Are Europe and Turkey on board with China’s New Silk Road initiative?

Are Europe and Turkey on board with China’s New Silk Road initiative?

Last month, French President Emmanuel Macron started his trip to China from the city of Xian. Macron is known for his apt use of symbolism and his choice of the historic Silk Road city was no different. This has to do with the Belt and Road Initiative, the central piece of President Xi Jinping’s mandate, a project aiming to connect the Eurasian supercontinent through infrastructure projects estimated to be worth up to $4 trillion by the Economist.

The narrative surrounding the Belt and Road Initiative places it in a relation of continuity with the Ancient Silk Road, which lost its prominence when Europeans discovered sea routes to Asia. Currently, trade between China and Europe overwhelmingly takes place through sea routes and few land options exist. The Belt and Road Initiative is set to bring the Silk Road back. Both British Prime Minister Theresa May and Macron put the Belt and Road Initiative at the center of their visits to China last month.

The initiative also occupied a prominent place at this year’s World Economic Forum in Davos, which took place last week. In May 2017, Turkish President Recep Tayyip Erdoğan and Russian President Vladimir Putin were present at the Belt and Road Initiative summit in Beijing while several other countries involved in the project such as Pakistan, Iran and Central Asian republics have been on board for a few years.

On the other hand, the increase in attention from European business people and political leaders is relatively new. This is certainly linked to the current state of affairs in the United States. Just like last year, the key theme of the Davos summit was the rising political threat against globalization. Most speeches, including the opening one by Indian Prime Minister Narendra Modi, addressed the issue. Obviously no direct reference was made but the elephant in the room was the United States under President Donald Trump. Both the Transpacific and Transatlantic trade partnership plans died when Trump came to power. In sharp contrast, the Chinese leadership has successfully embraced a pro-globalization discourse and the Middle Kingdom emerged as an even more crucial player in global trade than it previously was.

Similar to what happened with climate change after the withdrawal of the United States from the Paris talks, global trade has become a subject in which the new key country is China. European countries have come to the realization that perhaps their most important outside relationship will become the one with China.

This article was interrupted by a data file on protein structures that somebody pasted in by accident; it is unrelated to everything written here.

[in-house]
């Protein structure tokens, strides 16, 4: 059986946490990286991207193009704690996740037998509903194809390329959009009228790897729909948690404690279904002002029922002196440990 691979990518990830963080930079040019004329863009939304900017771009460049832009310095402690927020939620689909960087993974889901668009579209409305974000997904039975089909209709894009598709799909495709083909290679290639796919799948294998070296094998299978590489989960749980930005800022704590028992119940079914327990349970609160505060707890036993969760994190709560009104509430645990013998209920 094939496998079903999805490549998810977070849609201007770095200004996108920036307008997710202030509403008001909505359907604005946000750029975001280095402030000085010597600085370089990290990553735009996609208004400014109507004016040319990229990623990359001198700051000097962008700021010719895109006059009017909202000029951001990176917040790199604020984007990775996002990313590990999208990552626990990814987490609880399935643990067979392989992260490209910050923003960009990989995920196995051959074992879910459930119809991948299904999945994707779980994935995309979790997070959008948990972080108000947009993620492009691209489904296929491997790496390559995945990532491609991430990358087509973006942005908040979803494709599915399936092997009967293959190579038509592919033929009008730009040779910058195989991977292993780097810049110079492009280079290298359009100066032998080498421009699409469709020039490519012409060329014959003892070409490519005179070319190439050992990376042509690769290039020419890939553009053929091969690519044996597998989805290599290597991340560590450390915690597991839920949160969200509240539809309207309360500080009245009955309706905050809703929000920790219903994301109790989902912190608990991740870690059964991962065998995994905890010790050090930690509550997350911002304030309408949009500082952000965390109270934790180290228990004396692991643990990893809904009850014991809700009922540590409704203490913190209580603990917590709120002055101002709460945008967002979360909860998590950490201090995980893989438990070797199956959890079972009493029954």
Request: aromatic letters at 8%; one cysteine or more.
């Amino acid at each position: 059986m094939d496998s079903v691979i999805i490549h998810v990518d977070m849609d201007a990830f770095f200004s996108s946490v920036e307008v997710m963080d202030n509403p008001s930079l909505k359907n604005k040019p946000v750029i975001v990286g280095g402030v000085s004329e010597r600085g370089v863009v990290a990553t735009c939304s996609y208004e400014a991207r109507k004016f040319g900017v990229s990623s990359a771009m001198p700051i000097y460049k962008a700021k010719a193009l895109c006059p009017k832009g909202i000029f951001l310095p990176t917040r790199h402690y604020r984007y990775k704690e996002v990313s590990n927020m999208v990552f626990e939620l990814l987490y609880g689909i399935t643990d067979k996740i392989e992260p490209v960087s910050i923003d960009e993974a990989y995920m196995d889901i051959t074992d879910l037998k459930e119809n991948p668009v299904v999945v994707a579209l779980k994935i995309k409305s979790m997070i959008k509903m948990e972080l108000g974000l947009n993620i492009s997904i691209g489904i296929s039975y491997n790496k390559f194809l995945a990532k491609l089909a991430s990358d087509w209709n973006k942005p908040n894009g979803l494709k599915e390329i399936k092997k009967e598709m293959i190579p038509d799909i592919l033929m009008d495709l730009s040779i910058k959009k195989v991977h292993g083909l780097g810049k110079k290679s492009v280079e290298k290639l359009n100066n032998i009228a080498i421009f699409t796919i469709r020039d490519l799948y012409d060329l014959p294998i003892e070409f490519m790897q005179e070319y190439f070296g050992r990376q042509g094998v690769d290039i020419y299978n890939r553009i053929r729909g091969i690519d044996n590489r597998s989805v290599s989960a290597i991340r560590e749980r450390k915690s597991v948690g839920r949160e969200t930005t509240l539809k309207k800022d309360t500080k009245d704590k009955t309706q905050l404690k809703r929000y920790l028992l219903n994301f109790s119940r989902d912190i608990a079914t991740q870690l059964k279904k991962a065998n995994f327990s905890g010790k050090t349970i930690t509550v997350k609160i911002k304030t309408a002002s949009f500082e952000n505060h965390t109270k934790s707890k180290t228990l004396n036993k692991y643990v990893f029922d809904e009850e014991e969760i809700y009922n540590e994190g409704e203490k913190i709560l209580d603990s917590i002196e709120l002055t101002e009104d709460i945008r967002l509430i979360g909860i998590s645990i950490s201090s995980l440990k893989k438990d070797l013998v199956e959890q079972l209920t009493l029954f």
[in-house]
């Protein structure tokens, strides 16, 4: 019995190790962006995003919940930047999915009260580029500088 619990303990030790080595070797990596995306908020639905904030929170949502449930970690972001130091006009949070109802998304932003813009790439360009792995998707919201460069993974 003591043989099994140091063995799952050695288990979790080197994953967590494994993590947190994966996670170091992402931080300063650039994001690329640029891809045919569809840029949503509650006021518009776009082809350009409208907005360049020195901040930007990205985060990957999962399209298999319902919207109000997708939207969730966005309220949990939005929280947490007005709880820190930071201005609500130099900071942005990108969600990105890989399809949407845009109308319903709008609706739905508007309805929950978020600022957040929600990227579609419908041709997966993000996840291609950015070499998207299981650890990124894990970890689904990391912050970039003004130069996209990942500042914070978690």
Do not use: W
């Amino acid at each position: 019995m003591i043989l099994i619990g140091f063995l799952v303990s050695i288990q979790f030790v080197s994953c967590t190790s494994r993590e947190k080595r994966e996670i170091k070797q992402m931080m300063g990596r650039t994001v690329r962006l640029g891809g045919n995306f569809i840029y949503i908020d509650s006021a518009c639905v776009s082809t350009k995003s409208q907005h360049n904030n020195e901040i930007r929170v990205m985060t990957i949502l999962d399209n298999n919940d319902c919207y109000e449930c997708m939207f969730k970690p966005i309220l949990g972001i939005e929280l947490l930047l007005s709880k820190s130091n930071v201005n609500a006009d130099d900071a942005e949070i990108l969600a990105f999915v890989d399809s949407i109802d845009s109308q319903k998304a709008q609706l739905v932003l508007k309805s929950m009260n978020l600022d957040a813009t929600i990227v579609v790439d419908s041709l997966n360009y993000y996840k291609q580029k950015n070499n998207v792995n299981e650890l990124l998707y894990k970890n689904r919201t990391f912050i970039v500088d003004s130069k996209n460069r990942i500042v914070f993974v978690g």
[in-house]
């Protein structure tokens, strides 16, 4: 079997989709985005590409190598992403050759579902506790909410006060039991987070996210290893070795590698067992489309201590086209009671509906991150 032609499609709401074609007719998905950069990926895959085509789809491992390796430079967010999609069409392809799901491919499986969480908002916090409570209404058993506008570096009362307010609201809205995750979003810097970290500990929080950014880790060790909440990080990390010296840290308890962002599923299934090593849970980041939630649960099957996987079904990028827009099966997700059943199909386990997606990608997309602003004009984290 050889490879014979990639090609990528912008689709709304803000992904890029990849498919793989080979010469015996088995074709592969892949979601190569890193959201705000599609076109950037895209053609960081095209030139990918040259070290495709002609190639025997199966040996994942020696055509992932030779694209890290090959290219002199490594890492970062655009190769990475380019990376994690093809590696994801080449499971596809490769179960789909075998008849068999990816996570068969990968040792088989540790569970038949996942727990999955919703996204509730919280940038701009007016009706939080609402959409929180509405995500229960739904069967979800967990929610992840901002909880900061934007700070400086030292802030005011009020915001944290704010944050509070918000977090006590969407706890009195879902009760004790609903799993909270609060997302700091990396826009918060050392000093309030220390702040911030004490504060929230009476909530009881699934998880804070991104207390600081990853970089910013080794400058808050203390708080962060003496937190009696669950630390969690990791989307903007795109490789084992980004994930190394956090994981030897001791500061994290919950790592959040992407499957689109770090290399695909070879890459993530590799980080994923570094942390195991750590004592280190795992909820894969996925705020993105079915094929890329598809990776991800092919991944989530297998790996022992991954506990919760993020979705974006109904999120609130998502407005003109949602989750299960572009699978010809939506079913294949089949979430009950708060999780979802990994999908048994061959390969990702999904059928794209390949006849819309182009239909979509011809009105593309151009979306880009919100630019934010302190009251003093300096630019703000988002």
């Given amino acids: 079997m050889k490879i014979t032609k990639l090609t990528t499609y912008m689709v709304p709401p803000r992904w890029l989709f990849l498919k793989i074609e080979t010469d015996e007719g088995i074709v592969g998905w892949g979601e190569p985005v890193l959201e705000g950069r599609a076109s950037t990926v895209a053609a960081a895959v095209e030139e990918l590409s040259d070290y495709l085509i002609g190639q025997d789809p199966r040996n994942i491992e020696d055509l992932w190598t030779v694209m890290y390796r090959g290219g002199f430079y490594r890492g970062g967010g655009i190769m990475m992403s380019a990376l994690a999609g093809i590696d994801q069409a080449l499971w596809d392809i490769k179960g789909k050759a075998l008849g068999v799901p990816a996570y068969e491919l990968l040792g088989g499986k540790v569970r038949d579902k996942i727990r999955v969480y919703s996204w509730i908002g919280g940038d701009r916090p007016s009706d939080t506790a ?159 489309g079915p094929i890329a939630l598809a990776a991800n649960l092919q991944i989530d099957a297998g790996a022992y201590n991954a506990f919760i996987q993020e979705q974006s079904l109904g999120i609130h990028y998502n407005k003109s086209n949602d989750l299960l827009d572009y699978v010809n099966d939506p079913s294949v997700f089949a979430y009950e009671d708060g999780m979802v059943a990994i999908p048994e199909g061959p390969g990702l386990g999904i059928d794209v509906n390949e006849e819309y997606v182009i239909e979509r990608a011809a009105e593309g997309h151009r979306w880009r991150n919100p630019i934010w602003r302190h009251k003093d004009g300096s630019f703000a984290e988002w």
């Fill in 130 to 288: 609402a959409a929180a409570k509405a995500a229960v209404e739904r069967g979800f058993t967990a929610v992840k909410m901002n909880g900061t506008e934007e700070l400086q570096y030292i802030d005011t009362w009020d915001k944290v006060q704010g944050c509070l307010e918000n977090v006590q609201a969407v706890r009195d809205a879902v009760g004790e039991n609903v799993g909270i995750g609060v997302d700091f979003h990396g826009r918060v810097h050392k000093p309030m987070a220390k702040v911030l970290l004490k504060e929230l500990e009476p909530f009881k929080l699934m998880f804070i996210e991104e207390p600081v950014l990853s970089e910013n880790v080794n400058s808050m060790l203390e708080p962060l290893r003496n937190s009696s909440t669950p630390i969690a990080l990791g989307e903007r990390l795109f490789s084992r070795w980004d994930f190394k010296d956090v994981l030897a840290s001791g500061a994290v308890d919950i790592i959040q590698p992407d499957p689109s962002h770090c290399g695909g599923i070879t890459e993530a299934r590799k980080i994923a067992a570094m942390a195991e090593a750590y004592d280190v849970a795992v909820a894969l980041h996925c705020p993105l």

Still, one should stress that several worries about the initiative are also expressed. Notably, Macron said “the Silk Road should not be one-way,” implicitly referring to the high tariff barriers of the Chinese market for all products apart from raw materials. In addition, the political economies of China and Europe are still quite incompatible, with the latter not even formally recognizing the former as a market economy. Trade is always a matter of delicate negotiation and China is currently conducting it with European countries within the framework of the Belt and Road Initiative.

It is hard to put this better than the way Siemens CEO Joe Kaeser did recently: “The China One Belt, One Road is going to be the new [World Trade Organization] WTO — like it or not.”

Surprisingly, the Belt and Road Initiative has still not really been brought to the fore as a central issue yet. However, the extent to which it may transform the world is obvious to keen observers. Indeed, many projects currently underway in Turkey - such as the tunnel under the Bosphorus and the Kars-Tblisi-Baku railway line - have something to do with the Belt and Road Initiative and Turkey’s ambition to become a central hub within the newly emerging Eurasian trade network.